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Sweeney: Not being pretty was foundation for pessimism

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It is a cinematic rarity: a remake that actually makes sense. The original It is specifically the sort of movie that deserves a second go, insofar as it made a genuine, [...]

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For something so unimportant, wanting to be attractive has plagued my self-esteem for years.

Katlin Sweeney

Katlin Sweeney

Sure, looks are important to a degree. But they are not deserving of the amount of attention that we give them.

Everybody has stories of times when they have felt uncomfortable with their body or with themselves as a person. But because we all have experienced this, I think that we start to overlook how prevalent and severe of a problem being unhappy with your appearance is.

For me, the problem has persisted since childhood. When I was in elementary and middle school, I had friends that had naturally slender frames. I was what people seemed to call ‘average’ size. I was not heavier built, but I was not abnormally skinny either. I was a healthy medium, but because I did not see the same in the kids around me, I was not fond of it.

People would make comments, whether an adult or one of my friends, in ways that they did not realize resonated with me. They were little things, like how I would need my own chair because I was not small enough to share with someone else. Or how if my friend were to borrow my clothes, they may not fit because I was ‘bigger’ than her.

In high school I found myself especially uninteresting. When I was 15, I wanted to be as thin as possible. The women I idolized, and the ones that men I was interested in liked, were always petite, skinny, and unfathomably pretty.

The girls that bullied me my freshman year of high school made comments about how I was the ‘less pretty version’ of someone else that they knew.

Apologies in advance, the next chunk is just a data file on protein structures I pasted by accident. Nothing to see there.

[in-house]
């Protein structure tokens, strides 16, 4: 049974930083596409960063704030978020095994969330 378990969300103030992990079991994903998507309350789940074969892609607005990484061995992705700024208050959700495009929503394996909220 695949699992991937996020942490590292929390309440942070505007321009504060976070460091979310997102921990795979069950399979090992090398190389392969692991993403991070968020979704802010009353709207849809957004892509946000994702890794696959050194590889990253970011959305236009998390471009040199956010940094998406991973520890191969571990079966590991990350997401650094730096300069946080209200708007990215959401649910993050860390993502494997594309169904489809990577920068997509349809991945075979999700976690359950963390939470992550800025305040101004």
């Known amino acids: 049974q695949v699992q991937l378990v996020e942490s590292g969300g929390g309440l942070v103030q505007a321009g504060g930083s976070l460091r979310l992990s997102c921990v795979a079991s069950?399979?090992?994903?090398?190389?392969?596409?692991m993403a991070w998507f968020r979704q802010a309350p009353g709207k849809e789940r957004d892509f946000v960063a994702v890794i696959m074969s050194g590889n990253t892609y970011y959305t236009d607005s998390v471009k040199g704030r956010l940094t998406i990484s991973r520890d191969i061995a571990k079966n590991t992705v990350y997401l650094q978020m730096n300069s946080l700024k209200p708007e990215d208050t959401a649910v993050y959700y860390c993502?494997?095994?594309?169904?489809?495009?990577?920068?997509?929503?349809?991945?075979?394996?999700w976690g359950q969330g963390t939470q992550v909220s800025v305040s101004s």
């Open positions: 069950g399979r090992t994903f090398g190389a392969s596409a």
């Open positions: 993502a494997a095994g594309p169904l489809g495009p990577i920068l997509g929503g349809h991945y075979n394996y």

Weight was a constantly negative topic. So naturally, I sought to boast a similar appeal to the women I admired. I figured the only way I could ever get somebody’s attention would be if I were attractive in the way that these other women were.

I never was sure as to why I felt so strongly about this, why I thought about my weight and appearance almost incessantly. I heard people around me echo similar statements of dissatisfaction.

Everyone seemed to have the same problem, that nothing about their appearance was ever sufficient enough to matter. People appeared to be very polarized. Either they were a narcissist or just as unhappy with the way that they looked as I was.

And so it becomes normalized, acceptable, to see oneself through a rigid, perfectionist’s vision because everyone else does. I found the strange and unusual things about other people attractive. But I convinced myself that the only way I could be pretty was if I was skinny and looked like a model, a celebrity.

As the years progressed, those ideas shifted slightly. When I was 18 I convinced myself that I still had to be very thin but needed to have massive curves, thus resulting in a frame that my body would most likely be unable to support.

We exist in an extremely unhappy manner for most of our lives, wasting energy on wishing for things that just really do not matter.

I have spent most of my life shying away from compliments, thinking that I did not deserve them. I hated other women that were prettier than me because I wanted to look like them. I hated the way my hips curved because no matter how much weight I lost, I always looked the same.

Nobody ever told me that you cannot change your body’s natural frame. It is impossible to trim down your hipbones or widen them so that your body mimics somebody else’s.

The way we see ourselves is often through too harsh of a lens. Our focal point for what is attractive is the way another person looks.

We begin to become consumed by another person’s smile, hair, eyes, body etc., so much that we stop appreciating our own. We do not pause to look in the mirror and find things that we like. Appearance becomes an all or nothing scenario: either you are conventionally attractive or you are not.

But the problem is that we criticize what we are and what we are not. Being ‘pretty’ is just one of the ways that we compete with each other.

We live in a culture of ultimatums. Instead of rooting for one another, we resolve to blaming and criticizing others for being good at something, thus leaving us incapable of attaining what we want. You can’t be pretty because she’s prettier. You can’t be funny because you’re not the funny friend. You can’t be successful at all because you didn’t get the promotion that they did. You can’t be interesting because you know people more entertaining.

We need to stop hating ourselves because we desire what other people have. We need to spend less time envying others and more time accepting ourselves as we are. It is not a simplistic resolution that will be fixed within a day. But taking a moment to retrain your mind to be positive, even if it is only a few times more often, can make a world of difference.

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